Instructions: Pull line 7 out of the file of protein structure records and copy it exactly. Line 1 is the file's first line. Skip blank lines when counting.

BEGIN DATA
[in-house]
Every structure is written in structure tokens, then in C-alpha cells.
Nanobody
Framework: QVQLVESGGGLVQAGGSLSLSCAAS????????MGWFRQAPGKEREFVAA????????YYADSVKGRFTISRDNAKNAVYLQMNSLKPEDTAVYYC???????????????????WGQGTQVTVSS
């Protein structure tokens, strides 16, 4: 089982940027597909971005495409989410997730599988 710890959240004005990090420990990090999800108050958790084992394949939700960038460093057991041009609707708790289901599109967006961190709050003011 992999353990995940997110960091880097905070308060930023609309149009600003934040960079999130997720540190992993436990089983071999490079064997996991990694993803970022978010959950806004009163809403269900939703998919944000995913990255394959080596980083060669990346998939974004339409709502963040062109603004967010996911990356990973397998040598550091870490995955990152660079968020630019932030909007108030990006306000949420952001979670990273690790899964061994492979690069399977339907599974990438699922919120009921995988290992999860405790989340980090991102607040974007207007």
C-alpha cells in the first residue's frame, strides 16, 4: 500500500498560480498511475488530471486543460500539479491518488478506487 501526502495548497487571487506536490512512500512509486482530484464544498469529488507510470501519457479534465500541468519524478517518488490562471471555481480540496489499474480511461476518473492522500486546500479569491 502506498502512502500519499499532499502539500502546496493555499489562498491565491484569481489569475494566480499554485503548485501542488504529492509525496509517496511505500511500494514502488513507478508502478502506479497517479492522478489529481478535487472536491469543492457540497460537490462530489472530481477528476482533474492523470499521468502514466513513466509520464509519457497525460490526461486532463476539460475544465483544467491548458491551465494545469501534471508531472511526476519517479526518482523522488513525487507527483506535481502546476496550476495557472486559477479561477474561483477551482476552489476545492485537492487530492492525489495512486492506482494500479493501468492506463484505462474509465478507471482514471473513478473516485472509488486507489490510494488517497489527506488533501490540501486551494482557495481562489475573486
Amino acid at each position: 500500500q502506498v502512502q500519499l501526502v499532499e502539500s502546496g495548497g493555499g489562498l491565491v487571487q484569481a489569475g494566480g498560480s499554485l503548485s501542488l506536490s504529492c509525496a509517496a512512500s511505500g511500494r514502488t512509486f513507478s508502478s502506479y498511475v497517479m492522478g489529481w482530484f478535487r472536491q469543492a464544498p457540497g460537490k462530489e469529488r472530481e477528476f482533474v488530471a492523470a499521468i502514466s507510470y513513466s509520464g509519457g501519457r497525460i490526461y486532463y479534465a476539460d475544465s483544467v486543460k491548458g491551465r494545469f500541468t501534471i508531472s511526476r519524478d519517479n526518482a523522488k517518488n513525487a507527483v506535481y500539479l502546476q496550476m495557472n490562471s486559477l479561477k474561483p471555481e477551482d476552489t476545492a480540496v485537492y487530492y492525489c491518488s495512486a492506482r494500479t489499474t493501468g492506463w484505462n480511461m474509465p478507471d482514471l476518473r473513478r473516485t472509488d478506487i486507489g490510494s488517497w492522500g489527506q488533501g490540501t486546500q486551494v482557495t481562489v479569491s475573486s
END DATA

Amino acid at each position: 500500500q502506498v502512502q500519499l501526502v499532499e502539500s502546496g495548497g493555499g489562498l491565491v487571487q484569481a489569475g494566480g498560480s499554485l503548485s501542488l506536490s504529492c509525496a509517496a512512500s511505500g511500494r514502488t512509486f513507478s508502478s502506479y498511475v497517479m492522478g489529481w482530484f478535487r472536491q469543492a464544498p457540497g460537490k462530489e469529488r472530481e477528476f482533474v488530471a492523470a499521468i502514466s507510470y513513466s509520464g509519457g501519457r497525460i490526461y486532463y479534465a476539460d475544465s483544467v486543460k491548458g491551465r494545469f500541468t501534471i508531472s511526476r519524478d519517479n526518482a523522488k517518488n513525487a507527483v506535481y500539479l502546476q496550476m495557472n490562471s486559477l479561477k474561483p471555481e477551482d476552489t476545492a480540496v485537492y487530492y492525489c491518488s495512486a492506482r494500479t489499474t493501468g492506463w484505462n480511461m474509465p478507471d482514471l476518473r473513478r473516485t472509488d478506487i486507489g490510494s488517497w492522500g489527506q488533501g490540501t486546500q486551494v482557495t481562489v479569491s475573486s